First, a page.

After Australia’s conservative government lost a key vote on the treatment of asylum seekers held in offshore camps on Tuesday, Prime Minister Scott Morrison announced Wednesday that he would reopen a controversial immigration detention camp on Christmas Island, a part of the country but almost 1,000 miles to the northwest of mainland Australia. The camp was shut last October after years of controversies and riots there.
Lawmakers had voted to ease medical transfers from offshore migrant camps in Nauru and Papua New Guinea’s Manus Island to Australia on Tuesday, despite governmental warnings that the evacuations may encourage more asylum seekers to risk the perilous boat journey. The Australian Senate approved the bill on Wednesday. Conditions in the Nauru and Manus camps had been called “inhuman” by the UN and physicians had long been clamouring for the authority to bring the asylum seekers to Australia for medical treatment.
As critics of the prime minister’s hard line immigration policies were still celebrating their success, Morrison announced that the Christmas Island camp would have to be reopened instead, “both to deal with the prospect of arrivals as well as dealing with the prospect of transfers.”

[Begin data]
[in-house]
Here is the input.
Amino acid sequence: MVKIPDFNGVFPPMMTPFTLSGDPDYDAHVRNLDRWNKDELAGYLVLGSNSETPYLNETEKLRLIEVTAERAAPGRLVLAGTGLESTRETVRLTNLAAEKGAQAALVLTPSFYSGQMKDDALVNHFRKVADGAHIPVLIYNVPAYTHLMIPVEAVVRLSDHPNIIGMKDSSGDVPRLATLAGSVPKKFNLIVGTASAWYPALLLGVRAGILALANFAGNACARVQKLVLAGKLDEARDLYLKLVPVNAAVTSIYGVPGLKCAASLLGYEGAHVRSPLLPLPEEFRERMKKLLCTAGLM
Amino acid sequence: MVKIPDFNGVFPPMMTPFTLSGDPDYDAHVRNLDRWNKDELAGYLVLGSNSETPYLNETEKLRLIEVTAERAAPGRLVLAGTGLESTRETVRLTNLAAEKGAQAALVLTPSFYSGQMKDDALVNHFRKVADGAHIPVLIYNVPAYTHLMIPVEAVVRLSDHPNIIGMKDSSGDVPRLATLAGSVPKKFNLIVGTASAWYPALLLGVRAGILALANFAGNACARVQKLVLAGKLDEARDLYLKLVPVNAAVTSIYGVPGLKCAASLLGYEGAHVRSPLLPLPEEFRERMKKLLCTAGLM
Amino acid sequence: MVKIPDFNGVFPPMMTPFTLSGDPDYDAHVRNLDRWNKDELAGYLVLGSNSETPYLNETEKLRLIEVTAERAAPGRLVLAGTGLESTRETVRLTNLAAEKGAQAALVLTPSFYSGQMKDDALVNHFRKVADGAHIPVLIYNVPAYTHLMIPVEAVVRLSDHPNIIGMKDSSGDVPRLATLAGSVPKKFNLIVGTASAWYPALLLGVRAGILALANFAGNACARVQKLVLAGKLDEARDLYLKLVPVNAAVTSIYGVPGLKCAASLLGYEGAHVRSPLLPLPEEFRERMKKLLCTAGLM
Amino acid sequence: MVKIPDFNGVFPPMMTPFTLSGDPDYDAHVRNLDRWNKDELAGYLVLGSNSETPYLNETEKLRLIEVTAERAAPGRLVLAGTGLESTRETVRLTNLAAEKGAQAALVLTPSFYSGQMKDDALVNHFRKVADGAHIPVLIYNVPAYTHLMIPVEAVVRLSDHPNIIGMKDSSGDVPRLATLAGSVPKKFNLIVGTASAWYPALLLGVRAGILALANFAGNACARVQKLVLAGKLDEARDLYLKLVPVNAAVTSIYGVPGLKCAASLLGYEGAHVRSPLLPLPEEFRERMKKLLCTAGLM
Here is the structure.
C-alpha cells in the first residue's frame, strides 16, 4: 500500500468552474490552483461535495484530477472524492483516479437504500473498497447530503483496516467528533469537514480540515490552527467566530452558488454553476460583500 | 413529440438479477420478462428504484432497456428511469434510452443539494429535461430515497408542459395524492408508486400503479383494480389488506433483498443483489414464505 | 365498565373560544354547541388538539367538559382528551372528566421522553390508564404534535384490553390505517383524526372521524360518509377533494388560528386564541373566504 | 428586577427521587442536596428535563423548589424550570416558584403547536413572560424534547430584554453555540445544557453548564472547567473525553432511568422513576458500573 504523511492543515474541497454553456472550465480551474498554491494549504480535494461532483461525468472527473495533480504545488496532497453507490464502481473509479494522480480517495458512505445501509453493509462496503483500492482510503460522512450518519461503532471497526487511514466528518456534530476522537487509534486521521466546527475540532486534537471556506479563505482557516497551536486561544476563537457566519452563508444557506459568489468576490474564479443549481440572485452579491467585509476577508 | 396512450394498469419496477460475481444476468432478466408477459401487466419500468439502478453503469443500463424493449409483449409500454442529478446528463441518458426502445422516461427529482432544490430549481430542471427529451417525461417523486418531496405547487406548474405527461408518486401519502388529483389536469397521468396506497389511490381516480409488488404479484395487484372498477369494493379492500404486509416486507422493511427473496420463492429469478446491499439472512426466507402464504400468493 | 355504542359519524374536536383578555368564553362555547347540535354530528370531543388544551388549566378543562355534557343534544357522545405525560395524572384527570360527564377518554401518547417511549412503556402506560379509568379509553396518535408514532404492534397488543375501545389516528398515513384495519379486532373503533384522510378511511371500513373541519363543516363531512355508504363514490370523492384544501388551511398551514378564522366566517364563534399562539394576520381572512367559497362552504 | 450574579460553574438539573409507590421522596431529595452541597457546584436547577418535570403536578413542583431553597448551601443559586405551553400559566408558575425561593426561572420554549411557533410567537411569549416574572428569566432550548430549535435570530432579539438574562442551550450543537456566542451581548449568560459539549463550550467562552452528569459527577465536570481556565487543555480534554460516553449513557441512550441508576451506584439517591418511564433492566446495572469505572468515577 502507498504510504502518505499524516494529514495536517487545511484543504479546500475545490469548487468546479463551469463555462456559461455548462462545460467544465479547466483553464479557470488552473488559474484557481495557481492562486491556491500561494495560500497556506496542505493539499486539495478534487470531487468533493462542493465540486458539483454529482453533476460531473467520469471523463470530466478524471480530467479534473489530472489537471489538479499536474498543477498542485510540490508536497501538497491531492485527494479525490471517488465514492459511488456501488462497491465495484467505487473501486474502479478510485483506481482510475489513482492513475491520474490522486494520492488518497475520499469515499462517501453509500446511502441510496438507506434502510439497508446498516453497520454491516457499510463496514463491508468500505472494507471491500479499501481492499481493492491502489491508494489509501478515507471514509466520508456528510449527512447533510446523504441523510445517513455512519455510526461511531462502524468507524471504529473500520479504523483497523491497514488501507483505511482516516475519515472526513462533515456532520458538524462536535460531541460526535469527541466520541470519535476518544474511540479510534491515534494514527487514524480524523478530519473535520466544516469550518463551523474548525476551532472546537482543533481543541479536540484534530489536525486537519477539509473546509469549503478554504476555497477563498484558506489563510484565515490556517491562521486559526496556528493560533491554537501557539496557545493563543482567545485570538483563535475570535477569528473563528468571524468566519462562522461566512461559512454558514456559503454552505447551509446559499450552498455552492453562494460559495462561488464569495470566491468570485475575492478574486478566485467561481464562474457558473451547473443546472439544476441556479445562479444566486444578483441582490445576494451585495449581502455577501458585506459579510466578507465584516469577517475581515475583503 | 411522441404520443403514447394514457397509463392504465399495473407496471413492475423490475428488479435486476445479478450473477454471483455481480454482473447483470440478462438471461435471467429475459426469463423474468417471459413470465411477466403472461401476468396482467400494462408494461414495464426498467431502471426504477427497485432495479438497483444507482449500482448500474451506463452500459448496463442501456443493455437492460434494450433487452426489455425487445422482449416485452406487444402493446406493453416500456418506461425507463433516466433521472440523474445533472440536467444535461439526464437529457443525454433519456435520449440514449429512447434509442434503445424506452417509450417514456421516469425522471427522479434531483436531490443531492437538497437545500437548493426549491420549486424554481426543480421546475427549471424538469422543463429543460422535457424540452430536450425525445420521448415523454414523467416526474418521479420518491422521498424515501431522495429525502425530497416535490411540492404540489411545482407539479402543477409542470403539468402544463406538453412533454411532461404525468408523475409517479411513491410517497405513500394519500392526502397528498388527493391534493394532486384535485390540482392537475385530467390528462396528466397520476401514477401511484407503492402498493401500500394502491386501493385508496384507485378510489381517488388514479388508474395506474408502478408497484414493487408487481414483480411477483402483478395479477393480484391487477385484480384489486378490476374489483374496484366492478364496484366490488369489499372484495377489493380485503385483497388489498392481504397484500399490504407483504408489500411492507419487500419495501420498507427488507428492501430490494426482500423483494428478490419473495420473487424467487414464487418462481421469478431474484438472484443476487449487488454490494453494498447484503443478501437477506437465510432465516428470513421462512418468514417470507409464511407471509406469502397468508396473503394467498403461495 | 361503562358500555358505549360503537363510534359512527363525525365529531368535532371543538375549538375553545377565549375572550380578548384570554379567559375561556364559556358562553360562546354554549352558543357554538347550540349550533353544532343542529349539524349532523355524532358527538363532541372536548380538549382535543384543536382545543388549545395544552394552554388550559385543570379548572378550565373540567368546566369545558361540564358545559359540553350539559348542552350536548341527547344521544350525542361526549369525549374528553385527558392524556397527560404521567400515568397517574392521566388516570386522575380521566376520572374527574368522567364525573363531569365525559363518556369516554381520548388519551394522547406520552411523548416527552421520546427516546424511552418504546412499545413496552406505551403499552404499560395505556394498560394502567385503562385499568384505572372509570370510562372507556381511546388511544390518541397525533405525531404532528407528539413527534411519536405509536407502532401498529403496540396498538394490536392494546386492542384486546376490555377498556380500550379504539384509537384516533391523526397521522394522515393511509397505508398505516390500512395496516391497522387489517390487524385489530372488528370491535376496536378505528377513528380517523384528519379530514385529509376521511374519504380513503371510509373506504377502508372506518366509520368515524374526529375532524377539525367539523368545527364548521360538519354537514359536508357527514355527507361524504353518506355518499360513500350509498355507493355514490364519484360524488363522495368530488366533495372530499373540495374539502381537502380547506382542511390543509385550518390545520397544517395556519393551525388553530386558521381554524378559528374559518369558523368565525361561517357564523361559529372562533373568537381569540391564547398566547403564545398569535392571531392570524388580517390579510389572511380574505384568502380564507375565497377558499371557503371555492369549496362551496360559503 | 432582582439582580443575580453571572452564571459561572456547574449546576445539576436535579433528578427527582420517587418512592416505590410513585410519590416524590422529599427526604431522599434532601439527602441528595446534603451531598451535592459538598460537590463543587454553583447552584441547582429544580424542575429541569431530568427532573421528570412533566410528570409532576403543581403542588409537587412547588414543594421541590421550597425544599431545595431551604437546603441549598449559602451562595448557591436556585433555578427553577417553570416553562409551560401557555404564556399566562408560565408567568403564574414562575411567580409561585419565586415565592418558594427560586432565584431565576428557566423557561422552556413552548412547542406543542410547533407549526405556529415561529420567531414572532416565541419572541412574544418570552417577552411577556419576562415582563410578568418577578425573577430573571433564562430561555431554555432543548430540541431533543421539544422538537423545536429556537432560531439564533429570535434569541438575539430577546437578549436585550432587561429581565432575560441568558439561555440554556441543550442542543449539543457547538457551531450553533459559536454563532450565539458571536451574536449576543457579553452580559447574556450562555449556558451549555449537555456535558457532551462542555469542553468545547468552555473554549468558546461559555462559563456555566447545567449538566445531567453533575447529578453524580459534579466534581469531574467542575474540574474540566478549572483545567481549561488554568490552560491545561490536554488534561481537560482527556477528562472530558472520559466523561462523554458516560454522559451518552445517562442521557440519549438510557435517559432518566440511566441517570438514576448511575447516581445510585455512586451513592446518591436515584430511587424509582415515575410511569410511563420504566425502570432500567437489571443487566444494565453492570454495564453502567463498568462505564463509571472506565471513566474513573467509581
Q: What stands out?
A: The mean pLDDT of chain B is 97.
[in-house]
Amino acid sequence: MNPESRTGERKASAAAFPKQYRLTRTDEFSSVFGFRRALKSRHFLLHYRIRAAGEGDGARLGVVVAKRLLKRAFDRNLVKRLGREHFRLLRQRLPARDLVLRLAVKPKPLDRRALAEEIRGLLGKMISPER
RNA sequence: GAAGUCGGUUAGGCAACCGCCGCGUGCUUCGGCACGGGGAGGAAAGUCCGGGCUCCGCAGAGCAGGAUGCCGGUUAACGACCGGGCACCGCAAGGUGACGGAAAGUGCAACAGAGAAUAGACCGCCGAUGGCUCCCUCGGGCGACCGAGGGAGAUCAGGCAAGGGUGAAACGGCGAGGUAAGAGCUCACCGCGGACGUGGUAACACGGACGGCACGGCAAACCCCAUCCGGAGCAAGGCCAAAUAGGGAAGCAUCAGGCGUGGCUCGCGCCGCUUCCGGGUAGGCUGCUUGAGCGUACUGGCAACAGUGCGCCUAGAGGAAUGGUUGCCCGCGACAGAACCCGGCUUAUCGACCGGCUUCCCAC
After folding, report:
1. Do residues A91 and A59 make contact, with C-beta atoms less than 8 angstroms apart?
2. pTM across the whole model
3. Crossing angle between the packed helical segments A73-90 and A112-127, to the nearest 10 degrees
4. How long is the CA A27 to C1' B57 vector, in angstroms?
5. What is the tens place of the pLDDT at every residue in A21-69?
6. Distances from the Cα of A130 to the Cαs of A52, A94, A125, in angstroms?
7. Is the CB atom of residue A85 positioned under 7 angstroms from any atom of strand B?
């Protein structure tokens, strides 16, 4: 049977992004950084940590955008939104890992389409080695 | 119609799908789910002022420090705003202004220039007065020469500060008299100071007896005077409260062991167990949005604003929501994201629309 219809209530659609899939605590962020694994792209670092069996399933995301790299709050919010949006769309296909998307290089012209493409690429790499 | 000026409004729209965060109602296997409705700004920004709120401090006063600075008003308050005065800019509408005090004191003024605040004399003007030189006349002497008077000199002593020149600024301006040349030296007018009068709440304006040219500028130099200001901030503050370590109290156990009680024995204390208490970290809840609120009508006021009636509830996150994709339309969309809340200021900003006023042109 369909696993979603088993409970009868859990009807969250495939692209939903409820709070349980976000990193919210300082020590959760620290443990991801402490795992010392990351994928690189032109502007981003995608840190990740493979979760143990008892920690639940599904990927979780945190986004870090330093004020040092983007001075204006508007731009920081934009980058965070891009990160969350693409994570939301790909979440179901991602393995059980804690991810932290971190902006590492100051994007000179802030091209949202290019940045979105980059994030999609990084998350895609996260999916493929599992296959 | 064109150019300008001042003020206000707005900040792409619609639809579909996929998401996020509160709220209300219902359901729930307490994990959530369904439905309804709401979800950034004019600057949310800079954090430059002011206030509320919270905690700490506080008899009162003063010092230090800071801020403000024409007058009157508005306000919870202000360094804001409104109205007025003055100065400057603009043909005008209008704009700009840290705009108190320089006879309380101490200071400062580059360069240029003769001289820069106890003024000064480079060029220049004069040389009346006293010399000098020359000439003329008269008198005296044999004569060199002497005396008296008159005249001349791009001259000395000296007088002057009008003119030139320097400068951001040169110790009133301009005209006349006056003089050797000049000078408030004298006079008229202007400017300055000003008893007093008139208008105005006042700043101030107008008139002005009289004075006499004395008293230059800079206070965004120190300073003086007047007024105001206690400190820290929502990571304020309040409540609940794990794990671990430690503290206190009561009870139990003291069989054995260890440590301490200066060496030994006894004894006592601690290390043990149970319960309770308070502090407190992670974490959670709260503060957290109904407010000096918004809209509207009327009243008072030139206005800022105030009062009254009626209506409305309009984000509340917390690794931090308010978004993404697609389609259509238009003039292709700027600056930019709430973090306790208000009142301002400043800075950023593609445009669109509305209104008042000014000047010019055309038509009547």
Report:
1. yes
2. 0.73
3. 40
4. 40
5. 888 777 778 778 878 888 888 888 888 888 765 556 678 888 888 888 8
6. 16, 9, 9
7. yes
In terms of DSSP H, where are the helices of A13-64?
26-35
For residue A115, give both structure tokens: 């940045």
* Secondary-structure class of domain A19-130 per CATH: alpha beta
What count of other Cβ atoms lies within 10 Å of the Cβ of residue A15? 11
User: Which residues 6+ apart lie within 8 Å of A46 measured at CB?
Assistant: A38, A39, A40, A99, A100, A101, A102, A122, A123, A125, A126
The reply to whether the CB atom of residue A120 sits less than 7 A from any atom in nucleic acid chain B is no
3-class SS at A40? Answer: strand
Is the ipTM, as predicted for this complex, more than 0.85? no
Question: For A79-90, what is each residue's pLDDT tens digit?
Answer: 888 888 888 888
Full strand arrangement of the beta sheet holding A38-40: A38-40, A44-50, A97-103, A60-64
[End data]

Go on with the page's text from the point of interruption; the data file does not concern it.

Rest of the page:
Christmas Island is part of Australia, so asylum seekers could be transferred to the facility and still kept far away from the mainland, despite Tuesday’s bill passage.
But human rights groups and the opposition immediately questioned the real intentions behind the reopening. “This is just further grandstanding from the government,” the Australian Human Rights Law Centre said in a statement to The Washington Post. “These people will need medical specialists and facilities that do not exist on Christmas Island, and the government is well aware of that.”
Authorities on Christmas Island appeared to agree on Wednesday that they were not prepared for a sudden reopening of the camp. Calling the decision a “knee-jerk reaction,” council chief executive David Price told ABC Australia: “We’ve got a hospital (but) it doesn’t do operations. People are medevaced out quite regularly here for medical reasons as it’s only a small regional hospital.”